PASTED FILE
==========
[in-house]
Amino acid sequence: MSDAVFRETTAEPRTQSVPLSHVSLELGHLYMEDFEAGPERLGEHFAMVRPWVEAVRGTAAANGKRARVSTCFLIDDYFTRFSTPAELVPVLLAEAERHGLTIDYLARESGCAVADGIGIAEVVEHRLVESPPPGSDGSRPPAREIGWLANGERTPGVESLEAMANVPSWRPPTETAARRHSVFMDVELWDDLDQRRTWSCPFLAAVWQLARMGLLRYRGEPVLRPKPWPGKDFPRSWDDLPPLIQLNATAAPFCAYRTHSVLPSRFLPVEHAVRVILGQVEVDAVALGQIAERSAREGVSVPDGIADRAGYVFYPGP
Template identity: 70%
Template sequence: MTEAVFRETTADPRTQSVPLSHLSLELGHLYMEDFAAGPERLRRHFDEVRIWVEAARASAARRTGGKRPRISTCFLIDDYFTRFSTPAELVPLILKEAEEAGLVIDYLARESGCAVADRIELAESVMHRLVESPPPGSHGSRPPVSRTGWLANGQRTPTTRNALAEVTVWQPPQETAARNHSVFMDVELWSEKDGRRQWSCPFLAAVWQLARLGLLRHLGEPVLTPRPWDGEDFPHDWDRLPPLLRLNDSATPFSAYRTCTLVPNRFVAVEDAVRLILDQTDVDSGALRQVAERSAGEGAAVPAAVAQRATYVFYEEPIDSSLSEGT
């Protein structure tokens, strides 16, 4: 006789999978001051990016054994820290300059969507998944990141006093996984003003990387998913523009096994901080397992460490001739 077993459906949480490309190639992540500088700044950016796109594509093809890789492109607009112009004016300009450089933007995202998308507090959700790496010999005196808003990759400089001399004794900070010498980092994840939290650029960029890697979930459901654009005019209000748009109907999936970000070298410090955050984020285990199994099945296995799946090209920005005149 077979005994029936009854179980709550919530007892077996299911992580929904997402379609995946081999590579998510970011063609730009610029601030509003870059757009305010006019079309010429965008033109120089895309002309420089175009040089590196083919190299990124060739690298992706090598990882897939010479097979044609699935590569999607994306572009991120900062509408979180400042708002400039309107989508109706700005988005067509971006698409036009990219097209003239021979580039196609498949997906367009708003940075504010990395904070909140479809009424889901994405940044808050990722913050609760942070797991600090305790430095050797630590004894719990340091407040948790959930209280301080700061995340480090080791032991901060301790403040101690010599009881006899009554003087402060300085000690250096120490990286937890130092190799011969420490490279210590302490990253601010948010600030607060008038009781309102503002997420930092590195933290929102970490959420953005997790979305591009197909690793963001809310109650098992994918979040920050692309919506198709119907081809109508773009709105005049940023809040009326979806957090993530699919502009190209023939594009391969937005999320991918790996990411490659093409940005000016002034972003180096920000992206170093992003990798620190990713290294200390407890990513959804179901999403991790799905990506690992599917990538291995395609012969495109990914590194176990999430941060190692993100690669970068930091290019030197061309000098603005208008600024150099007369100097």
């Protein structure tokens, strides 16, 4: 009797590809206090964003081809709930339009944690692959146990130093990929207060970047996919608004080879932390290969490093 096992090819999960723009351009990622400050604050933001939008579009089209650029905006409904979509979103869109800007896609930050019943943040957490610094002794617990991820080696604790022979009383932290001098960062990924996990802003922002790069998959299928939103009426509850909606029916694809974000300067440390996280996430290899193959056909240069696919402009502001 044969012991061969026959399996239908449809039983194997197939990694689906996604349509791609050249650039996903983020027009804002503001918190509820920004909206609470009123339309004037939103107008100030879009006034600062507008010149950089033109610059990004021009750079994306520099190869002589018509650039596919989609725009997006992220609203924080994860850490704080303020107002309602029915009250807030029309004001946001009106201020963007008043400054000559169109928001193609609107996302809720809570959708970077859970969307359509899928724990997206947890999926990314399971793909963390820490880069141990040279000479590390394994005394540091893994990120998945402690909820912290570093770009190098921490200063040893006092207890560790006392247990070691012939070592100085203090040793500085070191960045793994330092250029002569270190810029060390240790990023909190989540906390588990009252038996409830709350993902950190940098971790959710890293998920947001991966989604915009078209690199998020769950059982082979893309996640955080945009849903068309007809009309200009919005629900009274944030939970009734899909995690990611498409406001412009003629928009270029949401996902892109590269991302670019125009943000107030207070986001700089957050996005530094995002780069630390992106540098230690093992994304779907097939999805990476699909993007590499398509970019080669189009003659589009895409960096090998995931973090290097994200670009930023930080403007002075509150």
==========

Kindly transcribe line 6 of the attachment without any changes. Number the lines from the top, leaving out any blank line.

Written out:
């Protein structure tokens, strides 16, 4: 009797590809206090964003081809709930339009944690692959146990130093990929207060970047996919608004080879932390290969490093 096992090819999960723009351009990622400050604050933001939008579009089209650029905006409904979509979103869109800007896609930050019943943040957490610094002794617990991820080696604790022979009383932290001098960062990924996990802003922002790069998959299928939103009426509850909606029916694809974000300067440390996280996430290899193959056909240069696919402009502001 044969012991061969026959399996239908449809039983194997197939990694689906996604349509791609050249650039996903983020027009804002503001918190509820920004909206609470009123339309004037939103107008100030879009006034600062507008010149950089033109610059990004021009750079994306520099190869002589018509650039596919989609725009997006992220609203924080994860850490704080303020107002309602029915009250807030029309004001946001009106201020963007008043400054000559169109928001193609609107996302809720809570959708970077859970969307359509899928724990997206947890999926990314399971793909963390820490880069141990040279000479590390394994005394540091893994990120998945402690909820912290570093770009190098921490200063040893006092207890560790006392247990070691012939070592100085203090040793500085070191960045793994330092250029002569270190810029060390240790990023909190989540906390588990009252038996409830709350993902950190940098971790959710890293998920947001991966989604915009078209690199998020769950059982082979893309996640955080945009849903068309007809009309200009919005629900009274944030939970009734899909995690990611498409406001412009003629928009270029949401996902892109590269991302670019125009943000107030207070986001700089957050996005530094995002780069630390992106540098230690093992994304779907097939999805990476699909993007590499398509970019080669189009003659589009895409960096090998995931973090290097994200670009930023930080403007002075509150």